He had been reported missing Thursday morning and two men are being held in connection with his death.
Thompson, 29, of Jacksonville, formerly of Anniston, had strong ties to the area and hundreds of people hurting, said Joyce Palmore-Haynes, a close friend of the family.
“There’s a lot of family and because they are such good people, there are so, so, so many friends and co-workers,” said Palmore-Haynes. “When we first realized no one knew where Kevin was, it’s like all of a sudden there were 50 people standing in front of his apartment.”
Saturday night, that number at least doubled in a candlelight vigil at a park across from Wellborn Elementary.
Surrounding a small pavilion, onlookers sat in silence around framed photographs of Thompson placed on a table draped in black cloth. Then Thompson’s mother, Frances Curry, spoke to the crowd — not words of anger, but words of joy.
“I’m not here because he is gone,” Curry said. “I’m here to celebrate the years I had with him. Because of Kevin, I was a better person and because of Kevin, he made all who knew him better people.”
Curry told the attendees how excited her son was when he was hired at Wellborn and how he loved his job.
“He had so many stories about his kids, but never once did I hear one word that was negative about one child,” she said.
Doug O’Dell, principal of Wellborn Elementary, also spoke at the assembly about Thompson and his contributions to the school.
“We have a mission to make better people out of our students and after having Mr. Thompson as a teacher, I assure you, your children have a great foundation,” O’Dell said.
Shane Lambert, pastor at Eulaton Baptist Church, offered his prayers and words of solace at the vigil.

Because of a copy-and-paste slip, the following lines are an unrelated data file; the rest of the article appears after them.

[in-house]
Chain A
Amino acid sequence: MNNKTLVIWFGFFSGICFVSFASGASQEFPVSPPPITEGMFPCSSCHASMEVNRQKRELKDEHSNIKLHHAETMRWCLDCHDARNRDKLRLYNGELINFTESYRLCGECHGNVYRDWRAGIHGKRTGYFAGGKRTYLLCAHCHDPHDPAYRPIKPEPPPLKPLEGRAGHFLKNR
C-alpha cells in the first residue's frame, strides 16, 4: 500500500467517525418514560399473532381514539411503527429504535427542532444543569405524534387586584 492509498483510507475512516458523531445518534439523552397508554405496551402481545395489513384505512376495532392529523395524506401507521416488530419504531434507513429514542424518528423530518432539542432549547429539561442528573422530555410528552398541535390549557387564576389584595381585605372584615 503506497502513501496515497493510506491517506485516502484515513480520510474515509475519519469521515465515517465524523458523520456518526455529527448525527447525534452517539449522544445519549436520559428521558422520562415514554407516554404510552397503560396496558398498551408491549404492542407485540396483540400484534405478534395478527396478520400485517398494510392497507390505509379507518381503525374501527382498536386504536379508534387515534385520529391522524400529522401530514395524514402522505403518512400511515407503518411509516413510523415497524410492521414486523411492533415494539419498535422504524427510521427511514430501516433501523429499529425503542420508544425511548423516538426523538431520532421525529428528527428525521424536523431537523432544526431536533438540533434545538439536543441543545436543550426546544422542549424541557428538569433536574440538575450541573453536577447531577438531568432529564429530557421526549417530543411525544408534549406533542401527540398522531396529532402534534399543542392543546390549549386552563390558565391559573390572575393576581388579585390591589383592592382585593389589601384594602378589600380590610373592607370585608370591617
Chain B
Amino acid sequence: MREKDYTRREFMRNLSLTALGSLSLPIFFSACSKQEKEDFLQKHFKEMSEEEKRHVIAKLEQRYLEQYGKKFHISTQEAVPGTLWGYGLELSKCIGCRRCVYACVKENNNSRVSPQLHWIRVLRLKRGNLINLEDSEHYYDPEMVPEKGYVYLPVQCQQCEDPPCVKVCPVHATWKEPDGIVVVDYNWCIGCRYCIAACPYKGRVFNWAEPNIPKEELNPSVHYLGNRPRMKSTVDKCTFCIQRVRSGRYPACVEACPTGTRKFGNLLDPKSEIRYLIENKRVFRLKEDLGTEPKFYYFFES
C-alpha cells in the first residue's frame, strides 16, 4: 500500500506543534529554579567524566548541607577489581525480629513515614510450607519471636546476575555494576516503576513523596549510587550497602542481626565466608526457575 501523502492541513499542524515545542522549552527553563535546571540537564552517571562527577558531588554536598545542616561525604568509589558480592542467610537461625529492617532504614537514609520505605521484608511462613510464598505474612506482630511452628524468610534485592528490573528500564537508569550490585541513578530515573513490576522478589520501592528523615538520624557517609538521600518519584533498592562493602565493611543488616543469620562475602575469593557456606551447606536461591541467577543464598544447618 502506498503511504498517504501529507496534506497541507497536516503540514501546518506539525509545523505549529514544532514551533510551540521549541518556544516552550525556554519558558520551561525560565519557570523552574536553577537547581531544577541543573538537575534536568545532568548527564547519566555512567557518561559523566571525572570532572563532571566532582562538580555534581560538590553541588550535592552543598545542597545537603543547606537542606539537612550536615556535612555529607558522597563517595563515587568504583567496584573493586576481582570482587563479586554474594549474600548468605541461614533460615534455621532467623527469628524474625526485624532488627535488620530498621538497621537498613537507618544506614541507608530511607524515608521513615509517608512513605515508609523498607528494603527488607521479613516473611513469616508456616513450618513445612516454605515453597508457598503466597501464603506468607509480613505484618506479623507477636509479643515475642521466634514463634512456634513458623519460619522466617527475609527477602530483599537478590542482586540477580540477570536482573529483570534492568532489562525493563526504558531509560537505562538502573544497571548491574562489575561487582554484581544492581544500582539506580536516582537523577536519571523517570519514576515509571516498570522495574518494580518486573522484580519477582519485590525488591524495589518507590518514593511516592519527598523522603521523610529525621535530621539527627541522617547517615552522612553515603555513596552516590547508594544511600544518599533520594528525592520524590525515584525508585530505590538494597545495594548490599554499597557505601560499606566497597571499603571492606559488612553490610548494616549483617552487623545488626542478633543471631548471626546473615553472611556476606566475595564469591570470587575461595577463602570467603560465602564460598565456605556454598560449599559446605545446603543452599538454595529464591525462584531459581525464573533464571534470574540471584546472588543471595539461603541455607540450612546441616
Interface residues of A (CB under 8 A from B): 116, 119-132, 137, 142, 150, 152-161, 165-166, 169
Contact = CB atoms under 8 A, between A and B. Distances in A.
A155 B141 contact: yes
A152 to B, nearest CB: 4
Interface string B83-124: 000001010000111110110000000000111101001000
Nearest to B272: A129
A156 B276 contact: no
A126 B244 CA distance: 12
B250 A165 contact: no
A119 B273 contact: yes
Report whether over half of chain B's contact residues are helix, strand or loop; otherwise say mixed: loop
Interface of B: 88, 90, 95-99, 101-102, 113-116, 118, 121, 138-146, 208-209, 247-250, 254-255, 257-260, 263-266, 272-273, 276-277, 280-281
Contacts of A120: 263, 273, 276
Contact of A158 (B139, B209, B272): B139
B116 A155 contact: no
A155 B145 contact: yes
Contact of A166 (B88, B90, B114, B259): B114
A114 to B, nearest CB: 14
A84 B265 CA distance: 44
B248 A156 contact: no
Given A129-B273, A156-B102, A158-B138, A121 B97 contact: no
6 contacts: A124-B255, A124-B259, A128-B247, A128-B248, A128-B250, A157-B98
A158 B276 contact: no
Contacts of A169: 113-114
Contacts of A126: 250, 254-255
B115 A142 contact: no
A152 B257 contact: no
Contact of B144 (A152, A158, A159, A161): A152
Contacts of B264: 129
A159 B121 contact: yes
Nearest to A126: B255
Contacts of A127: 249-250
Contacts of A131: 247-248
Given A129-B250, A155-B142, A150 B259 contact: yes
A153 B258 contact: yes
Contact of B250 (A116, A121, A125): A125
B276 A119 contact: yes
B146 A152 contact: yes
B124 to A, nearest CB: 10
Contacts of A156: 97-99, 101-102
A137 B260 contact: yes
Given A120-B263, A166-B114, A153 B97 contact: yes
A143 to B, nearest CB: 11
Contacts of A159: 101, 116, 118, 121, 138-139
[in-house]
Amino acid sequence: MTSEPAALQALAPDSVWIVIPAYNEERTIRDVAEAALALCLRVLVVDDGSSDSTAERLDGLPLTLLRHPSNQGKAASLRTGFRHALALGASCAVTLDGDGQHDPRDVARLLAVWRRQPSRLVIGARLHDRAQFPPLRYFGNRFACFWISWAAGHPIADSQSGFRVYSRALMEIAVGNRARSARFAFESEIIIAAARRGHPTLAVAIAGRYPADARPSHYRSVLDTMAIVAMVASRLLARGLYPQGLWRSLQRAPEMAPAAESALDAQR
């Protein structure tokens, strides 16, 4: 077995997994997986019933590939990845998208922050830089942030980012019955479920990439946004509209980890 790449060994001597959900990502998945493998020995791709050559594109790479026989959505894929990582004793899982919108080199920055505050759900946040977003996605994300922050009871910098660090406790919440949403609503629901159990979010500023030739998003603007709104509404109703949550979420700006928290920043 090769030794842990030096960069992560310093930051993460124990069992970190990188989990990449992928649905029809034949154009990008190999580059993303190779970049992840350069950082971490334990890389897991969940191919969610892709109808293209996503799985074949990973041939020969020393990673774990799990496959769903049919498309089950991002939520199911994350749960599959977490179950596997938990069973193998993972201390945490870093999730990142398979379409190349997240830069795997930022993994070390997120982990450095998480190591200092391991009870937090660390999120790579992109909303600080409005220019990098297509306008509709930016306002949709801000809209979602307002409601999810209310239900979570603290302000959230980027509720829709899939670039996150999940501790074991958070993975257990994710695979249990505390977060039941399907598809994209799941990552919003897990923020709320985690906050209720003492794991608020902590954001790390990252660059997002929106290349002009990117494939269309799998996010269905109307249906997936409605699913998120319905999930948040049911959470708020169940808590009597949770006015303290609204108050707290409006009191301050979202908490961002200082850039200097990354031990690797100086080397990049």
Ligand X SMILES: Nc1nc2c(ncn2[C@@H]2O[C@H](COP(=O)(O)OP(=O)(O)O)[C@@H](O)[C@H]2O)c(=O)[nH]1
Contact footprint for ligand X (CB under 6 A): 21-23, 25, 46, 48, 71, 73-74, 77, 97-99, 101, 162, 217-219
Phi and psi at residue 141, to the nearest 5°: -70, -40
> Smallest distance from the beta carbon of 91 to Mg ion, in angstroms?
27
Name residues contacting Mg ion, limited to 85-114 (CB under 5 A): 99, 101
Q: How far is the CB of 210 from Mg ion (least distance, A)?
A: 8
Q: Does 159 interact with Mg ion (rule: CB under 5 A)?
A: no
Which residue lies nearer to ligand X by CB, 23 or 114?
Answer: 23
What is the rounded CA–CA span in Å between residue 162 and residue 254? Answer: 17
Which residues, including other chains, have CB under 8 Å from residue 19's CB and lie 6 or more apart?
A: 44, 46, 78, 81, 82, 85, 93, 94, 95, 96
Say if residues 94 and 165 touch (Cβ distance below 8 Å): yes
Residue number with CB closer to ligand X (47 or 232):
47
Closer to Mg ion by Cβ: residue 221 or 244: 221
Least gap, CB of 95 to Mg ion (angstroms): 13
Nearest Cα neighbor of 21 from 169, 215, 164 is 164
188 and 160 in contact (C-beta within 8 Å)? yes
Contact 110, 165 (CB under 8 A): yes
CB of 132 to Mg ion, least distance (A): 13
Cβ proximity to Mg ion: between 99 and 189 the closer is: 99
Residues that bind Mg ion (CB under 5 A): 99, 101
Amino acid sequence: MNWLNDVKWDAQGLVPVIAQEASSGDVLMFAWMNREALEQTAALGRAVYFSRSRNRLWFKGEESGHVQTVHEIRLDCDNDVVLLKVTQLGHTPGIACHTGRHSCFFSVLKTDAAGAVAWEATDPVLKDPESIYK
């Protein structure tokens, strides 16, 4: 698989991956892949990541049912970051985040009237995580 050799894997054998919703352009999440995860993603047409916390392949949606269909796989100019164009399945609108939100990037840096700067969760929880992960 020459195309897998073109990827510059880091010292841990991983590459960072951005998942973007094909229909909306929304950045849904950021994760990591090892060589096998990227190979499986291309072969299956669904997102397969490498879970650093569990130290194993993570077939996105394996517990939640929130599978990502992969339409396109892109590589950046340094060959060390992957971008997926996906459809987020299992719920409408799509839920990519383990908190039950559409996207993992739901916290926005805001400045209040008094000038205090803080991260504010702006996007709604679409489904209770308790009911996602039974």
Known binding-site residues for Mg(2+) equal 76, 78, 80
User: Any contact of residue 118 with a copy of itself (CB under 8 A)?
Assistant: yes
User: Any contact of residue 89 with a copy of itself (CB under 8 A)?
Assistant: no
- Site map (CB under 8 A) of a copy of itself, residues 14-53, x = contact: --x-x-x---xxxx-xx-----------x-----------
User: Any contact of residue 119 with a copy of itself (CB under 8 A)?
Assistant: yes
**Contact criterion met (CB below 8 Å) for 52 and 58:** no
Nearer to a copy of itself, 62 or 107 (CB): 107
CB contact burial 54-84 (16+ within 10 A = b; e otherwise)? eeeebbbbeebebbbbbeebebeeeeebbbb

“I didn’t get the chance to know Kevin, but I feel like I know him — I’ve heard story after story about him for the last two days,” Lambert said.
After telling the crowd that they could still trust in God even though they may not understand why this tragedy took place, he had them surround Thompson’s family members and pray for their comfort in their time of grief.
The vigil Saturday, after the terrible news had spread, had been bookended Friday night by a similar event in Jacksonville on the square, when people prayed Thompson might still be alive.
In between time, people from Anniston, Jacksonville, Oxford, Wellborn and all over the county expressed their support in one way or another, Palmore-Haynes, the family friend, said.
As the news of his death reverberated through the community, even people that didn’t know Thompson were shocked and grieving.
“It makes me feel awful,” said Anniston resident Donna Ross. “That’s somebody who was doing good in our community.”
Teresa Forrester hadn’t heard the news Saturday morning and her eyes teared up when she found out.
“I went to school with him,” she said. “It’s really depressing. It’s terrible that our community has turned into something like that — a good person that you know cared about kids, cared about making this community better.”